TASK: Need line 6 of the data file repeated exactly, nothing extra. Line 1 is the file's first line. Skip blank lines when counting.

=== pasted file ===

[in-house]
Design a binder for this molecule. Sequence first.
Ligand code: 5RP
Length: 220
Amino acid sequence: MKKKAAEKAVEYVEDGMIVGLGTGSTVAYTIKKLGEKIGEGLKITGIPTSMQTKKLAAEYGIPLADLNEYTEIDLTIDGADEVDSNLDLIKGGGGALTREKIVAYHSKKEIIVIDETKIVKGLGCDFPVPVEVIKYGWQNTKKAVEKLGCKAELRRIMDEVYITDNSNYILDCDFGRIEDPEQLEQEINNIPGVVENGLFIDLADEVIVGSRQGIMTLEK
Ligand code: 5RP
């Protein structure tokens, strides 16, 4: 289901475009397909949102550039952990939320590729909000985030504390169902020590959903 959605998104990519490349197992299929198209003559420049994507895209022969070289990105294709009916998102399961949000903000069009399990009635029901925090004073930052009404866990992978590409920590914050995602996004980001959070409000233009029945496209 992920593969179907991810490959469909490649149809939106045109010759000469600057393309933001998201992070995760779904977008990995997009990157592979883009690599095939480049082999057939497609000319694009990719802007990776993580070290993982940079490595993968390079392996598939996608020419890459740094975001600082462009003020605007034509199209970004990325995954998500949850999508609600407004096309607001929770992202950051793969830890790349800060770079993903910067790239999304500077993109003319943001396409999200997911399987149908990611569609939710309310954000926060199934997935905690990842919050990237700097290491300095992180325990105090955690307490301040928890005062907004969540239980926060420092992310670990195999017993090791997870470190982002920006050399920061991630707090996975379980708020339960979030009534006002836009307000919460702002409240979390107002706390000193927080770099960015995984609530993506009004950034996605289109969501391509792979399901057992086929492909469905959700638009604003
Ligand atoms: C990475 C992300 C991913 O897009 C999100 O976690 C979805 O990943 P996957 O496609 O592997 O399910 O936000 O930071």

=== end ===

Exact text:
Ligand code: 5RP